My next steps are easy to understand: I'll sell enough stuff to pay for a trip to Portland, host a trunk sale up there, and use that money to buy my next batch of thread and pay the fees to do my first shows this Spring.

To sell my first batch of stuff, I spent the last few days setting up a full-featured store on my own website. I needed the ability to offer discounts, coupons and such, and have them all combine on-the-fly in an easy-to-use system. I also needed it to track inventory and prevent double-selling the same item. I did it! And today I worked all day to get stuff listed in there.

My goal was to have a "Black Friday Virtual Trunk Sale." It turned out way different from that. You see, the last time I did this sort of thing I had a cable modem with blazingly fast network speed. This time, I had nothing like that. Tinker and Wonder loaned me their network extender so I had internet up in Halston, but it was super slow. It's the same satellite connection from Garden House, but split through another layer.

Then, I missed my own deadline for having samples sewn and ready to photograph. I got them sewn, but forgot just how long it takes to cut and make fringe on the edges of scarves. Wonder showed up to photograph and stuff wasn't ready for him.

That's where Harlan came in. I showed him how to fringe and the pipeline fell into place. He fringed the scarves, handed them to Wonder to photograph while I wrote up listings, attached the photos, and announced it all through Twitter. Even with help, it took all day before everything was up on the website.

But it's there now! Please help me spread the word by telling people about what I'm doing and sending them to my store: blossommerz.com.

I'll be leaving the special Grand Opening discounts in place until a) I make enough to pay for my trip or b) next Tuesday. After that it will just be a regular web store with moderate discounts.

Thanks for helping to spread the word!

Thursday, November 25, 2010

Black Friday Virtual Trunk Sale

[A tiny bit of sun lights up the snowy hills]


I'm super busy this week getting ready for my first virtual trunk sale on Black Friday. In preparation, I'm sewing up a storm and setting up special one-day discounts on my web store.

You will be able to browse the sale by visiting my website: blossommerz.com Come and be among the first to see new merchandise and have access to special web-only deals, all while helping a craftsman to become self-sufficient.

I'll be photographing and listing new items throughout the day on Friday, so keep checking back! And, I'll be live on Facebook most of the day to answer questions. Make sure we're already friends!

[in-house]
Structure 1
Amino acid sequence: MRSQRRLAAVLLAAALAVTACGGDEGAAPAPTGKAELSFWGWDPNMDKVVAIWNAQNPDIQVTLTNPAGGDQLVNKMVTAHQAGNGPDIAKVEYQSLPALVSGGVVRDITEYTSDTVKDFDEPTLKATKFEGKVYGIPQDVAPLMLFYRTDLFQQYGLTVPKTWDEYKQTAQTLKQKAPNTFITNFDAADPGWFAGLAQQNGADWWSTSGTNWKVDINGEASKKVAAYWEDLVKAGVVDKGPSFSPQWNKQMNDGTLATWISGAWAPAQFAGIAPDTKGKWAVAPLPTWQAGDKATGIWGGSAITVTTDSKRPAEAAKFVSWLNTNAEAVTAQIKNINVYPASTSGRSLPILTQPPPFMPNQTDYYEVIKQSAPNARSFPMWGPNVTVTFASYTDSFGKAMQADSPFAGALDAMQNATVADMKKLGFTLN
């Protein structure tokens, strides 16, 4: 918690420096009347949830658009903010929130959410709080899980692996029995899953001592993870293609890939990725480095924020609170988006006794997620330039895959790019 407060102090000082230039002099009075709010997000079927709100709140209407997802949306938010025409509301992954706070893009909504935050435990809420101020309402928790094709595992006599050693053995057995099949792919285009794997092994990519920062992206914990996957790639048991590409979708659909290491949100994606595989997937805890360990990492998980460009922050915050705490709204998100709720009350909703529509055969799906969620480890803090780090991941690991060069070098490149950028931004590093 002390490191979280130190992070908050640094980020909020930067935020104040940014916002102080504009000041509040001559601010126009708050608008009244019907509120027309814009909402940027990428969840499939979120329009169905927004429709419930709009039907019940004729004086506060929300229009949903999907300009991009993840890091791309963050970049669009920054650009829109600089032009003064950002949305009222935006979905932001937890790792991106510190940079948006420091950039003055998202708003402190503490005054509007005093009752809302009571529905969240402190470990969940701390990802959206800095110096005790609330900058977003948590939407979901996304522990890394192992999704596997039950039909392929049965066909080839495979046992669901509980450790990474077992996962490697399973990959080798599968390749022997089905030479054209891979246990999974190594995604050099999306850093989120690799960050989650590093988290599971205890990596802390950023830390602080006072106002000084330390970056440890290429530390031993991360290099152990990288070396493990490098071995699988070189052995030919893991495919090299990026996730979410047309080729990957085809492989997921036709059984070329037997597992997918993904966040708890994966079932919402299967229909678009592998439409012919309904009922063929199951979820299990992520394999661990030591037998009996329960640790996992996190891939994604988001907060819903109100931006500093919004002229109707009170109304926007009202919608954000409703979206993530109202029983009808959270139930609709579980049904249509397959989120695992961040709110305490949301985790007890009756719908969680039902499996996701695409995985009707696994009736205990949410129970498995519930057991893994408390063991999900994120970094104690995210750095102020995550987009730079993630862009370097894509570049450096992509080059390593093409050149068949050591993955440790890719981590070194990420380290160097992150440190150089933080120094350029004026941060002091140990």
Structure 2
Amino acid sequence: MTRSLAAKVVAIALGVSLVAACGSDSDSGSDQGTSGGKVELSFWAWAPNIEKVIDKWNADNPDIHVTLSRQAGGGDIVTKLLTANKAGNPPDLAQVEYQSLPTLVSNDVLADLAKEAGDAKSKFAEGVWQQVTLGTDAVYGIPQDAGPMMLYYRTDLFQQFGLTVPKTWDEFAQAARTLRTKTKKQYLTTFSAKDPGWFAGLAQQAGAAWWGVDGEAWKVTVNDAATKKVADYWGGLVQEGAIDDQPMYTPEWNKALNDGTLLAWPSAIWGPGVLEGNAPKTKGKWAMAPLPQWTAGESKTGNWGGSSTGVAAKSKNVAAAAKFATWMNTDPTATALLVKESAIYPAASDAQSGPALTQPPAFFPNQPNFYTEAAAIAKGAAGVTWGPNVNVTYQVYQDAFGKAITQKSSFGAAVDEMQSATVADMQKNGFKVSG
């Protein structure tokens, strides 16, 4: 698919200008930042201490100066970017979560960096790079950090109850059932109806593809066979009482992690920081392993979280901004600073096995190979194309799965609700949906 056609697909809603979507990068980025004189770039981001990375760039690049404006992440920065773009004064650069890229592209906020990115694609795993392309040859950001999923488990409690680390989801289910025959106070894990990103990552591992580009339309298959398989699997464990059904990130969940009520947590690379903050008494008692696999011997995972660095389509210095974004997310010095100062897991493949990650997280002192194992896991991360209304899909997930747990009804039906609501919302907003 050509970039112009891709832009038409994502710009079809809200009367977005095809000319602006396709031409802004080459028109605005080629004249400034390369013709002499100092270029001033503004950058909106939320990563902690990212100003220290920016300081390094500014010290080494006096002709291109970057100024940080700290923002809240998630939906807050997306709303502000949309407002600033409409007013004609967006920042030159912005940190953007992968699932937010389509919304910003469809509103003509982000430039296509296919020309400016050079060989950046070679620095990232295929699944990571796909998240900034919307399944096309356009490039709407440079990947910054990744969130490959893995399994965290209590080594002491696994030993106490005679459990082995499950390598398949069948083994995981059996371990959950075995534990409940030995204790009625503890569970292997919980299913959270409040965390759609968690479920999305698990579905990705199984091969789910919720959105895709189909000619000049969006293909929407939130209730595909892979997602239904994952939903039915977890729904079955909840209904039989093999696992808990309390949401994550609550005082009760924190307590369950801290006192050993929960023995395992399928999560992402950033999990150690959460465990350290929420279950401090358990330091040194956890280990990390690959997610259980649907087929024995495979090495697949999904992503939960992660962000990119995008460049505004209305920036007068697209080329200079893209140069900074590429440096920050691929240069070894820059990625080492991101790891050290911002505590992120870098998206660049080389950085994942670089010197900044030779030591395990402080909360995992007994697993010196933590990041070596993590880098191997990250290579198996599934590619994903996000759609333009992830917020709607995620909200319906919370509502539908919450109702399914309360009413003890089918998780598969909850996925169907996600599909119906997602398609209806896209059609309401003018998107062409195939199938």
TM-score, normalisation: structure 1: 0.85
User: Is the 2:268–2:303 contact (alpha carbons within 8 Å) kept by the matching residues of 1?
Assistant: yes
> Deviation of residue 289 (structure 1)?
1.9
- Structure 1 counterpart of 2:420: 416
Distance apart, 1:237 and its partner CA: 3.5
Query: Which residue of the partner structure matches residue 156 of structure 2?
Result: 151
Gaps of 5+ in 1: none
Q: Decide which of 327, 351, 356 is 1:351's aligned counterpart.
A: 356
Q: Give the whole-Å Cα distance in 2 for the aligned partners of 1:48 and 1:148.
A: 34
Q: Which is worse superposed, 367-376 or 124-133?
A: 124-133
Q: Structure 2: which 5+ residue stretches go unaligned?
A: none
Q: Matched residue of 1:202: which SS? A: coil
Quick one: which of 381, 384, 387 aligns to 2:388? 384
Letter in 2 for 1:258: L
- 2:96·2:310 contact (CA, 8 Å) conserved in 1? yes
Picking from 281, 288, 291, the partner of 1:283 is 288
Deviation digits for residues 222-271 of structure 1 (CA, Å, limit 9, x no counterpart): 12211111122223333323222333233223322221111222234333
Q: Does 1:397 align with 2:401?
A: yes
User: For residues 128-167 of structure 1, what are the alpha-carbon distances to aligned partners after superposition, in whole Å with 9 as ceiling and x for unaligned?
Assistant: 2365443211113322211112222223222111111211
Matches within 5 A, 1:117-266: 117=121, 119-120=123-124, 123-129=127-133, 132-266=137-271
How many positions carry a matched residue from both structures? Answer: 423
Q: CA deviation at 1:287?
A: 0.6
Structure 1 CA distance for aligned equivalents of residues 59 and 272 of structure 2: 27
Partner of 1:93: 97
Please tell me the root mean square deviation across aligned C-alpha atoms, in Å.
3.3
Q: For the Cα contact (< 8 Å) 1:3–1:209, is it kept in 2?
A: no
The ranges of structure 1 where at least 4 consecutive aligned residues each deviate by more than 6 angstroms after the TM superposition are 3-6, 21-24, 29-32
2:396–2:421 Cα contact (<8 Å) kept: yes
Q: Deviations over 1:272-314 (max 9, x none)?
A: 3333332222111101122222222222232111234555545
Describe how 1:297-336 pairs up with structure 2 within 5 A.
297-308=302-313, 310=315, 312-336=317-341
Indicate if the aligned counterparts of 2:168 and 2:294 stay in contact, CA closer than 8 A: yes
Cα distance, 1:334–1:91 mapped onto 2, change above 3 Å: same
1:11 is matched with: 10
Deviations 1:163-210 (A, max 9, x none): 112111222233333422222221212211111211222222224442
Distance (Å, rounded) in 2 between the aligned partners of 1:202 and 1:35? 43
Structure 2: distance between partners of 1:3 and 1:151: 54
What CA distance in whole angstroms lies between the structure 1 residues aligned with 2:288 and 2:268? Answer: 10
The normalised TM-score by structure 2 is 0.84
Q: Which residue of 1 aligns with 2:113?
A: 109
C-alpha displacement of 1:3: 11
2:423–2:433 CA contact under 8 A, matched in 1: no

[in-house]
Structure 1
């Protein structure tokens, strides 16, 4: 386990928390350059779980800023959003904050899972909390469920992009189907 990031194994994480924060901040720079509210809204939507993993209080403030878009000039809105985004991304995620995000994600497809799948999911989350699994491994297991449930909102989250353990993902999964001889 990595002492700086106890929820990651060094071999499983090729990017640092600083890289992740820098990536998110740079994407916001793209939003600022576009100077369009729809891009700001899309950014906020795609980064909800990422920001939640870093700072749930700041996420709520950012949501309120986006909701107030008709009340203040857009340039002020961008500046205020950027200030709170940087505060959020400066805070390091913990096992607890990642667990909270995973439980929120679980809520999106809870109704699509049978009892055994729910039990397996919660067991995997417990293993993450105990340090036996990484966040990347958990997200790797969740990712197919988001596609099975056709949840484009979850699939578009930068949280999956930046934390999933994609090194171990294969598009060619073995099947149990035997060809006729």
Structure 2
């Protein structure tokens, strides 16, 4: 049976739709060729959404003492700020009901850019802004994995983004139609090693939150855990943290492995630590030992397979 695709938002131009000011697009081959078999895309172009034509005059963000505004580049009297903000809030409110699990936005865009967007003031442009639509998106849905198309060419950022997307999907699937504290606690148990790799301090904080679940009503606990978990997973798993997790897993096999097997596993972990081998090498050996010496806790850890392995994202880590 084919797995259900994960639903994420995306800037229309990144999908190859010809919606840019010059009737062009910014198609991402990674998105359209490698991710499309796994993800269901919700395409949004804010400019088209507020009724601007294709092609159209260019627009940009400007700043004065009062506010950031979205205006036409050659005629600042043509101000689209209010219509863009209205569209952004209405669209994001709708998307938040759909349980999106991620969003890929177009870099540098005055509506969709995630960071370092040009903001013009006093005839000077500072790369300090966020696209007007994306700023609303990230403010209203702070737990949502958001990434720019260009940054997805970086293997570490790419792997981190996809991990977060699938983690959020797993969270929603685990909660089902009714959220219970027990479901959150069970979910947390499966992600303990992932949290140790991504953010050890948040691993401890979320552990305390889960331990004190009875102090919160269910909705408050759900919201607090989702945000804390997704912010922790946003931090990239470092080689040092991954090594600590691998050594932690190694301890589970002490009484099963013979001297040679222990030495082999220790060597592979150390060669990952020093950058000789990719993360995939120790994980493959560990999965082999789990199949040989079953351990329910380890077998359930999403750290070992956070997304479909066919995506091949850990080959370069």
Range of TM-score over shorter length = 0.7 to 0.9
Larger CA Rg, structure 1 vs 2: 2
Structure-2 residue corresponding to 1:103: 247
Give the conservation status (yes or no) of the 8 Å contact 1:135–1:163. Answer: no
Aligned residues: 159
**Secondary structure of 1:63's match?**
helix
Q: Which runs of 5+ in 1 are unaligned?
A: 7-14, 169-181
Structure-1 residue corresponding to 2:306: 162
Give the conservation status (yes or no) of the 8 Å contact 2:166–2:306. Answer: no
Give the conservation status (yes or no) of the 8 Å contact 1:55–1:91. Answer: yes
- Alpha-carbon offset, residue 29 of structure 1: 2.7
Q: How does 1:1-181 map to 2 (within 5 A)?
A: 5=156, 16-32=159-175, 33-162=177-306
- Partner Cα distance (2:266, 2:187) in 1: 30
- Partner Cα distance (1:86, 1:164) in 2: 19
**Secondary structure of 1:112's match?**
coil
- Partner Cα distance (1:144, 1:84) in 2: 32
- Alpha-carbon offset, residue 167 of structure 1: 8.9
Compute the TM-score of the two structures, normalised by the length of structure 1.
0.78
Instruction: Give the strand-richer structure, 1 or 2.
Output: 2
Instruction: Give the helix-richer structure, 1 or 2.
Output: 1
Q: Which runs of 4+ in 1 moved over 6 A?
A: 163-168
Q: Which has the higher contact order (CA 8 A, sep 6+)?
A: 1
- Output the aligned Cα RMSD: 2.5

And, finally, I'll be hosting a private in-person trunk sale in Portland in a week or two. Come by and enjoy refreshments and lively company while doing your holiday shopping! Date and location TBA.

Monday, November 22, 2010

No More Weaving Contract!

[Two paths: one is clear and predictable, the other is new and tough to see.]


I quit my weaving contract job today. We had already pared our relationship down to a bare minimum, but now it's over entirely. Those of you who saw me burning contracts in the Samhain fire, that's what it was about - trying to save the simplest part of our relationship by killing off the others. It didn't work.

Ending all of our contracts is actually a fantastic thing. If we had gone forward, it would have taken me three more years to fulfill them and be successfully independent. With the new plan, I'll be independent immediately and financially successful on my own within this year. I will probably be at the income level that our contracts projected within a year and a half. All I've done is trade a slow, predictable plan for a fast, unpredictable one.

I gained many things from this relationship. Firstly, experience. I've woven over 1400 yards of cloth, giving me irreplaceable experience recognizing, fixing, and preventing the problems that can occur when weaving wide cloth. I am now an experienced production weaver.

Secondly, retail training and direct experience with customers of handwoven cloth. I now know what catches their attention, what they don't notice, and how to design cloth and merchandise to please them. I also know how to sell to them. My experience at Rennaisance Faires has taught me which sales techniques work and which ones don't.